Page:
Taking conservation into their own hands: How landowners can protect natural resources
Black-eyed Susans, goldenrod, bee balm, and milkweed are just some of the plants in Cheryl Meyer’s 17-acre pollinator field.
“This was all corn, and now you just get a lot of different plants,” she said.
Meyer’s property has more than just grassy fields. It rivals a nature reserve, with its pond, marshes, forests, and wild orchards. But it wasn’t always this way.
For the last 20 years, Meyer and her husband have slowly been acquiring farmland and transforming it back into a natural space.
“None of these other trees were here,” she said. “It was just a wide open field from the foundation of the old house to the goat barn. I mean, it’s been a lot of planning.”
The couple has planted thousands of different trees and shrubs, and let grasses grow wild - in the hope of restoring habitats for deer, birds, bats and butterflies.
Meyer said she’s seen the hard work pay off, and her now 175-acre property is an oasis for wildlife. And she wants to keep it that way. To accomplish that, Meyer said she’s considering applying for a conservation easement.
“The thought of having it subdivided is just heartbreaking,” Meyer said. “As people expand and urban sprawl just sort of keeps encroaching, it becomes more and more important to save what land there is.”
Meyer already participates in the USDA’s Pollinator Habitat Initiative and Conservation Reserve Program, which reimburses property owners for restoring land for pollinators.
A conservation easement would prevent any future development on Meyer’s property, even if the ownership changes.
Mike Lavelli is the executive director of the Chippewa Watershed Conservancy. He says there are different types of easements, but they work similarly.
Property owners either donate land to a trust or register it with a government agency like the state or USDA. They can then claim a tax deduction, and the land is protected indefinitely.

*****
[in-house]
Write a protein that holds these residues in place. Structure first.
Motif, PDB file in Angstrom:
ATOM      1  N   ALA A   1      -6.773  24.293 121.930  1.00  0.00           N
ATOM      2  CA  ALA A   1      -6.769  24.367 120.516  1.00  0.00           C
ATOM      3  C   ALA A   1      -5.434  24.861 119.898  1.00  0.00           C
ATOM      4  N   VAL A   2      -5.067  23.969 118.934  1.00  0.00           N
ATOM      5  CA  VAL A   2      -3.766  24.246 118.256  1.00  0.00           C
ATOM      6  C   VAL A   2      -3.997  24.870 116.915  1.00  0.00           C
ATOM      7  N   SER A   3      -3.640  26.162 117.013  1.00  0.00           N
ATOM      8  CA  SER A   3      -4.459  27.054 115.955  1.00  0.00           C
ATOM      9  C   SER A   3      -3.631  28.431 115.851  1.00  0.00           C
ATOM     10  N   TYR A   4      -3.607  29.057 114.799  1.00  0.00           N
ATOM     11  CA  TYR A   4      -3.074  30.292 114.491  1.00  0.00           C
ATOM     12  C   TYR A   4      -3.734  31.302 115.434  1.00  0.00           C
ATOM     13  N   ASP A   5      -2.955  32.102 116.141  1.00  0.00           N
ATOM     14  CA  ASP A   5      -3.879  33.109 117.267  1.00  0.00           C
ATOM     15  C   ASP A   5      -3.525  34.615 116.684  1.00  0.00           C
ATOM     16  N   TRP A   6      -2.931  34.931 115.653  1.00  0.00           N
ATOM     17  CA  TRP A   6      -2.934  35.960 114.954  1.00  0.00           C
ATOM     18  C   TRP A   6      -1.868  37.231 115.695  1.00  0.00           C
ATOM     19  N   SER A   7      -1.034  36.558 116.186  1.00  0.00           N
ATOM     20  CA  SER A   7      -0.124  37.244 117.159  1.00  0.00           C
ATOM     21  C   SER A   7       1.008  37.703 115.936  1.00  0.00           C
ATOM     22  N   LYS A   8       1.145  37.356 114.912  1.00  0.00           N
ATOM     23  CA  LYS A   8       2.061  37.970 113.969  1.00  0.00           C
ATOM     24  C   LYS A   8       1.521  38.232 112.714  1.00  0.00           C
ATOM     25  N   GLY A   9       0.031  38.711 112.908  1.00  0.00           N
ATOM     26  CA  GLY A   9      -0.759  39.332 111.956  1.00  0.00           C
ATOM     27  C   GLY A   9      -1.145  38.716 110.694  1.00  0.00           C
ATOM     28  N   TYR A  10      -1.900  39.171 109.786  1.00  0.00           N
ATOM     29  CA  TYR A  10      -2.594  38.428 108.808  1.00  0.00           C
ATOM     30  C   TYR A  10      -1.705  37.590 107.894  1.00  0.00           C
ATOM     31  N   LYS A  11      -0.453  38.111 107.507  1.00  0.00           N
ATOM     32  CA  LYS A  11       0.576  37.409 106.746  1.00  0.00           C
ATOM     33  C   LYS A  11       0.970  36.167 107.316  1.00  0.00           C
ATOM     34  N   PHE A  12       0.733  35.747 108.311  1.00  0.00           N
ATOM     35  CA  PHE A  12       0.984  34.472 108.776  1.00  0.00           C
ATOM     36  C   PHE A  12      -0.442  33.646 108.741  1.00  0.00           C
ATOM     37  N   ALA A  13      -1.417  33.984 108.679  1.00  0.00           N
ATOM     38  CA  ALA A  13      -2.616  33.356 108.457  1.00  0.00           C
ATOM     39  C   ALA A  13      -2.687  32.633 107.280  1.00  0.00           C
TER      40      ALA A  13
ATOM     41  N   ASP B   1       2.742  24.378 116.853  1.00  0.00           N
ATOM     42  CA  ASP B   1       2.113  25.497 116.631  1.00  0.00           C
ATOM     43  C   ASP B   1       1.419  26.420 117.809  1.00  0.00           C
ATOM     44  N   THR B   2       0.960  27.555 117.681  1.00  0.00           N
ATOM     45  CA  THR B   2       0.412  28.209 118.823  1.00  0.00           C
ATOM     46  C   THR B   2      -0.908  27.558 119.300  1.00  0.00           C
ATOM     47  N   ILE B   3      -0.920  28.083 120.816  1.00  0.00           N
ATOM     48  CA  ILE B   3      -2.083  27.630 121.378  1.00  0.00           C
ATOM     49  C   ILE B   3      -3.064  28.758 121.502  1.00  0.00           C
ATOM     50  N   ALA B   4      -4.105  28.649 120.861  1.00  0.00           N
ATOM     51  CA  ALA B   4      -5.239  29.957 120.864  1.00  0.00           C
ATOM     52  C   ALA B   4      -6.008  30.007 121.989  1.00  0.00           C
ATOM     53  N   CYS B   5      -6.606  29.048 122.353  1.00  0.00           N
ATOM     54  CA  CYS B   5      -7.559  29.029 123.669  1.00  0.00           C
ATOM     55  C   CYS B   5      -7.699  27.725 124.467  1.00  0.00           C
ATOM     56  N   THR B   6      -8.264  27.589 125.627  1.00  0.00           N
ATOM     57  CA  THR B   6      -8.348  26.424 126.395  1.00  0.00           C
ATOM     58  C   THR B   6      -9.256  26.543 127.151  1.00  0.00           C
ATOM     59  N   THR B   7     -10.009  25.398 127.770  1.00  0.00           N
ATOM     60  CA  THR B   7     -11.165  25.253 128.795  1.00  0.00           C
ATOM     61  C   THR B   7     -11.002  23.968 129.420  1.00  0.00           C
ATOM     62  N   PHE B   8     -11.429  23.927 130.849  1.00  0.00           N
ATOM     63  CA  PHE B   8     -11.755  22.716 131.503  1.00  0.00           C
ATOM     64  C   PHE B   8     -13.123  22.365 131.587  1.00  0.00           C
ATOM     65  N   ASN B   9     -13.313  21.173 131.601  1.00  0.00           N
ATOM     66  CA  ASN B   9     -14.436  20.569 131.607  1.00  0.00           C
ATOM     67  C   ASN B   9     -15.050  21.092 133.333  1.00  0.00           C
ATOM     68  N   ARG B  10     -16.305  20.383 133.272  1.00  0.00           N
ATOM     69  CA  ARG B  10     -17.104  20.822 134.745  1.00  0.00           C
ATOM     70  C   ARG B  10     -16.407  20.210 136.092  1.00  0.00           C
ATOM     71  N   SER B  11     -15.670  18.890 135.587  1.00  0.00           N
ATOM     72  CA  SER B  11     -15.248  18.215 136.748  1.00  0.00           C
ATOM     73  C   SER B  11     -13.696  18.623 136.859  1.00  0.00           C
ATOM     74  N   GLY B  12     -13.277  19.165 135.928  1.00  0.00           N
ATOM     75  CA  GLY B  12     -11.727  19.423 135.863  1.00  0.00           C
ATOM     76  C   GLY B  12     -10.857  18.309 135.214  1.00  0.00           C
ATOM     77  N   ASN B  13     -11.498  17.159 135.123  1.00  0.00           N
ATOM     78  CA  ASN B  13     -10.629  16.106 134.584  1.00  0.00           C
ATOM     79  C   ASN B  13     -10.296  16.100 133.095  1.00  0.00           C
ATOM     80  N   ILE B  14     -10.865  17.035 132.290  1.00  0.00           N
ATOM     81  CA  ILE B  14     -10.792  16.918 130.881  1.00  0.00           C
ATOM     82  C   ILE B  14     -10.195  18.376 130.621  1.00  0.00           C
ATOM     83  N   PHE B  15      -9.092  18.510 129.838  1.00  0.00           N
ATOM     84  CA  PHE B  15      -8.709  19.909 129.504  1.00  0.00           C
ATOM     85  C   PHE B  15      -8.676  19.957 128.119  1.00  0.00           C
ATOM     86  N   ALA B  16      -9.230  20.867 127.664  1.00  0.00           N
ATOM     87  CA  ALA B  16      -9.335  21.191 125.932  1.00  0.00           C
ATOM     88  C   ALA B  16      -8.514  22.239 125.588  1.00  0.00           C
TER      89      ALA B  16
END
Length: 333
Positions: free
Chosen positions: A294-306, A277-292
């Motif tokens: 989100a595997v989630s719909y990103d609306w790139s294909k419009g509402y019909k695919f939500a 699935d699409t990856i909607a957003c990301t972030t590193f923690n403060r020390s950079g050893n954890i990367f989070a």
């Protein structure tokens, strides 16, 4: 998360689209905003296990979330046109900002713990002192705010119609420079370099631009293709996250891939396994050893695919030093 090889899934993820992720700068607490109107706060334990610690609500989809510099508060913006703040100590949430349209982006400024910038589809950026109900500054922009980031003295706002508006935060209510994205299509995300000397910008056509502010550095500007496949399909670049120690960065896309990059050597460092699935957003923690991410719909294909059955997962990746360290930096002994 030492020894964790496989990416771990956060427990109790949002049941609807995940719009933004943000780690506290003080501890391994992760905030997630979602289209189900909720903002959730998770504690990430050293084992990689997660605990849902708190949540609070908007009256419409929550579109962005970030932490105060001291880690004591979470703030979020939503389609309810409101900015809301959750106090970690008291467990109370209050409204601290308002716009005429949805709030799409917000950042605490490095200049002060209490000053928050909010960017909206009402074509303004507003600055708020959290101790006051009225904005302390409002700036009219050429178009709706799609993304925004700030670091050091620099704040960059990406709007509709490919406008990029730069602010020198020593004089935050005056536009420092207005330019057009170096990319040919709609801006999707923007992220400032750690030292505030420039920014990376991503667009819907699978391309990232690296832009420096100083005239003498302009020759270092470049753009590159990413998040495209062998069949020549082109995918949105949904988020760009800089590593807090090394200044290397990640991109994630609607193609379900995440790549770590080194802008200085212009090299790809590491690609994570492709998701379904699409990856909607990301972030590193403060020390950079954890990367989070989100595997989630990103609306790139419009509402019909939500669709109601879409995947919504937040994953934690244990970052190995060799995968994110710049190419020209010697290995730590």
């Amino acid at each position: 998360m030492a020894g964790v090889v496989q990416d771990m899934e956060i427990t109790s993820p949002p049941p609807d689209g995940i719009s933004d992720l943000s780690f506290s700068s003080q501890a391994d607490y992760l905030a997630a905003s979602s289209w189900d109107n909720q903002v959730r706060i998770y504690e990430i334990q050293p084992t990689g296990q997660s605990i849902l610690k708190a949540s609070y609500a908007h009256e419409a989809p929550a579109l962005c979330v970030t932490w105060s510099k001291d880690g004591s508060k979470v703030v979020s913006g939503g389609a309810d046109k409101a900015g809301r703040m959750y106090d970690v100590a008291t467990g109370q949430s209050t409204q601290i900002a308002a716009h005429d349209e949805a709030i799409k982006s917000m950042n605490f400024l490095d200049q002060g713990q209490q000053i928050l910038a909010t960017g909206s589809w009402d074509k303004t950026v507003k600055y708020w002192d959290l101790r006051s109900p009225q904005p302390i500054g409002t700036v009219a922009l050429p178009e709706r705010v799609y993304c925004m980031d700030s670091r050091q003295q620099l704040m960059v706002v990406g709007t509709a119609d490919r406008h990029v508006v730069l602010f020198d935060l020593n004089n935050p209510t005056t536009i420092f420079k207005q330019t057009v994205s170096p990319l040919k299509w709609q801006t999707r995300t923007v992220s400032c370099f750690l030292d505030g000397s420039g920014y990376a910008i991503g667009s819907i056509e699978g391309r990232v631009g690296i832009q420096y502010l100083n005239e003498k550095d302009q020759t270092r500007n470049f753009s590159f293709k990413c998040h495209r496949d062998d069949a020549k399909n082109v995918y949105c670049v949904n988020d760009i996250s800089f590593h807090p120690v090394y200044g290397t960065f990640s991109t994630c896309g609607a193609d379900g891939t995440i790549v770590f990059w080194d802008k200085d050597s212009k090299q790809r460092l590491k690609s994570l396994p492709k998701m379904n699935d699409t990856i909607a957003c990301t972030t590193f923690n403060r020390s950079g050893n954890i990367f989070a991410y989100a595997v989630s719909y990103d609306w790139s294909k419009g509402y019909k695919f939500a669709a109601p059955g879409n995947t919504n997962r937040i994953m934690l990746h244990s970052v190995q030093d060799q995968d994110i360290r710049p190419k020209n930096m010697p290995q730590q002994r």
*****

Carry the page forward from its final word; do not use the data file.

Some easements focus on protecting natural resources while other preserve agricultural land for its historic heritage. Lavelli said easements - of all types - are popular in areas experiencing high growth and development.
“Maybe there's a river, lake or forest they grew up loving, and they just would hate to see that turned into something else,” Lavelli said. “Even if they don't have the benefit of using it, they want to see that as maintained as that type of space.”
In Michigan, 27,000 acres of land are preserved through conservation easements, according to a representative from the Michigan Department of Agriculture and Rural Development. This number doesn’t include the thousands of acres conserved through organizations like the Chippewa Watershed Conservancy.
Back on Cheryl Meyer’s property, she said a conservation easement is a way to help out a “little piece of the planet.”
“Half the world's on fire, it feels like,” Meyer said. “Knowing that we can do something to help at least maintain our small portion and maybe help. I think there's a trickle down effect, and it makes it a lot less dire.”
Easement or not - Meyer said she will continue to fight invasive autumn olives, and plant trees to nurture a natural haven - in hopes that it can make a small difference in a big world.